‘No Opposition’ to Calif. Bill Targeting Porn at Work

Rhett Pardon
SACRAMENTO, Calif. — California state employees could be fined up to $1,000 a day for viewing online adult material under a bill that has cleared its first legislative hurdle.

Assemblywoman Bonnie Garcia’s AB 546 on “Obscene Matters on Computers in Employment,” would “make it unlawful for any person to knowingly use a state-owned or state-leased computer to access, view, download or otherwise obtain obscene matter.”

Currently, state workers who spend their time surfing adult sites are only subject to disciplinary action, which can vary among agencies.

Now Garcia, R-Cathedral City, says that she wants to even the playing field with $1,000 fines.

“We’re not out to attack the adult industry,” Dillon Gibbons, Garcia’s legislative director, told XBiz. “This [bill] is about the egregious viewing of obscene matter on taxpayers’ time.”

Gibbons said that the issue was first introduced to Garcia by the California Family Alliance, a Christian-based lobbying group based in Sacramento, and that the bill is expected to sail through the Legislature.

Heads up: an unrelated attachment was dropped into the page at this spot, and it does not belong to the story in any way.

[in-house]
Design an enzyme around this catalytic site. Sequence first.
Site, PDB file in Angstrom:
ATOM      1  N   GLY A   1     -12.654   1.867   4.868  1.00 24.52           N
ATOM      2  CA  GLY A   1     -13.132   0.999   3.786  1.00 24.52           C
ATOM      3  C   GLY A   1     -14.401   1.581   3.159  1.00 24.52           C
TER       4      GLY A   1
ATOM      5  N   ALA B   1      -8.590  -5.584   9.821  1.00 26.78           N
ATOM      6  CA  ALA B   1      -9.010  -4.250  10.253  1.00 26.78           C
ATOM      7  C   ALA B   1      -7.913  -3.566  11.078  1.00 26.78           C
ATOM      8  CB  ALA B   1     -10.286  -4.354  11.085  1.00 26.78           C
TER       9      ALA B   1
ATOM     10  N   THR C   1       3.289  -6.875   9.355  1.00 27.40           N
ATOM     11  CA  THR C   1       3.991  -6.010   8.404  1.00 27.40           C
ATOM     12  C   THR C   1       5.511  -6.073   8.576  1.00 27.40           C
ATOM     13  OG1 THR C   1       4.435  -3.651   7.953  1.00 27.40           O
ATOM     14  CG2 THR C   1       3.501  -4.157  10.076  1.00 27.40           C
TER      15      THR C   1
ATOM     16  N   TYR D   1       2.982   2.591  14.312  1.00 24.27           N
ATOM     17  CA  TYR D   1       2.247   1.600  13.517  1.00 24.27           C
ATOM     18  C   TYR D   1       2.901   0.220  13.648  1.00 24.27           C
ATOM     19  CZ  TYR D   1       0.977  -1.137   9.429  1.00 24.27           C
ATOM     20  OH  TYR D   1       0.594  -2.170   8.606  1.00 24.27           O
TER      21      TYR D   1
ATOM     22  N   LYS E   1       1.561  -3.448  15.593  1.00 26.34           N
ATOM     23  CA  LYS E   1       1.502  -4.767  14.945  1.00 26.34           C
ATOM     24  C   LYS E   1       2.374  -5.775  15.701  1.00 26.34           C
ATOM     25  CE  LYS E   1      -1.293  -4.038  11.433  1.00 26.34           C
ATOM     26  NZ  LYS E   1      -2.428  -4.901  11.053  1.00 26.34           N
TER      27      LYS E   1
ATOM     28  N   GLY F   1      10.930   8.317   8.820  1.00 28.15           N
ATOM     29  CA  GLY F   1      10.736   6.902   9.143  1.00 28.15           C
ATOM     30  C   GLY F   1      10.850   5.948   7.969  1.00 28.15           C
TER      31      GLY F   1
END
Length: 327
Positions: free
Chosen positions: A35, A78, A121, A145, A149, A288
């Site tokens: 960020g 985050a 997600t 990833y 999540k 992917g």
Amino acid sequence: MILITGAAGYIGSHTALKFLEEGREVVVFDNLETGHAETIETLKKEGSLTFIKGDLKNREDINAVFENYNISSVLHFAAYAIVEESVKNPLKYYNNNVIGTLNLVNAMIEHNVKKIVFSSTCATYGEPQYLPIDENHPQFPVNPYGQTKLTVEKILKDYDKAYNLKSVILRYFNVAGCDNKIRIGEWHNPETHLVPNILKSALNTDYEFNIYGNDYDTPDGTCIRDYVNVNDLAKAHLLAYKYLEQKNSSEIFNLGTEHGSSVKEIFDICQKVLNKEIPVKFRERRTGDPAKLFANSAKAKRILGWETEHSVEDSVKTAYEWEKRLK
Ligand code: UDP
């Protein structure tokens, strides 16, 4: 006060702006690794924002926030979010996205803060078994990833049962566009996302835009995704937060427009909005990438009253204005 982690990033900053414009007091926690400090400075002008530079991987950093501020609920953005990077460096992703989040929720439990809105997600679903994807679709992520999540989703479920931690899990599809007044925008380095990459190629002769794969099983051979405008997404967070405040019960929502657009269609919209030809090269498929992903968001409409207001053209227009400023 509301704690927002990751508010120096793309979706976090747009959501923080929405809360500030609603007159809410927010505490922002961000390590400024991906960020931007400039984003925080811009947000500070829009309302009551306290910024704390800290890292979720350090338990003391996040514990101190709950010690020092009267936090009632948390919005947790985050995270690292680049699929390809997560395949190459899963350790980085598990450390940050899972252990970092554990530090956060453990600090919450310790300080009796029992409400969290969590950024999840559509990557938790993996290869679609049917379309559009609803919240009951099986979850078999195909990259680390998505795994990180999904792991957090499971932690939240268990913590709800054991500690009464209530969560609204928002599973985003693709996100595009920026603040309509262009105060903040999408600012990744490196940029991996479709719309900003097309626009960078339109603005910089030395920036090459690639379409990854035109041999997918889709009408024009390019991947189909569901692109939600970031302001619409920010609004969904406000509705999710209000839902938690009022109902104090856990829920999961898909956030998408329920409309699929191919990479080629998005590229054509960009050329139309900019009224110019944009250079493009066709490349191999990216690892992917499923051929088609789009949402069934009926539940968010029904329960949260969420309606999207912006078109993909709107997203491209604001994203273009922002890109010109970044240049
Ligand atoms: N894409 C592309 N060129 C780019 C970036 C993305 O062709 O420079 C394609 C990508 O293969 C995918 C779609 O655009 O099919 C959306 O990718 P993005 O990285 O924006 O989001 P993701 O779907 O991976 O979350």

“Right now, there is no opposition,” Gibbons said.

AB 546, which next goes to the full Assembly, targets all state employees, including elected officials.

The exceptions would be for scientific, medical, academic and legislative research, as well as investigations by law enforcement agencies. The bill also doesn’t apply to University of California employees until university regents make it applicable.

Under the bill’s language, managers who suspect a state worker of viewing obscene material would first investigate the case and then turn evidence of likely offenses over to the state Attorney General or district attorneys for prosecution.

The penalty would be $1,000 a day plus three times the value of employee time. The offending state employee also could face disciplinary action.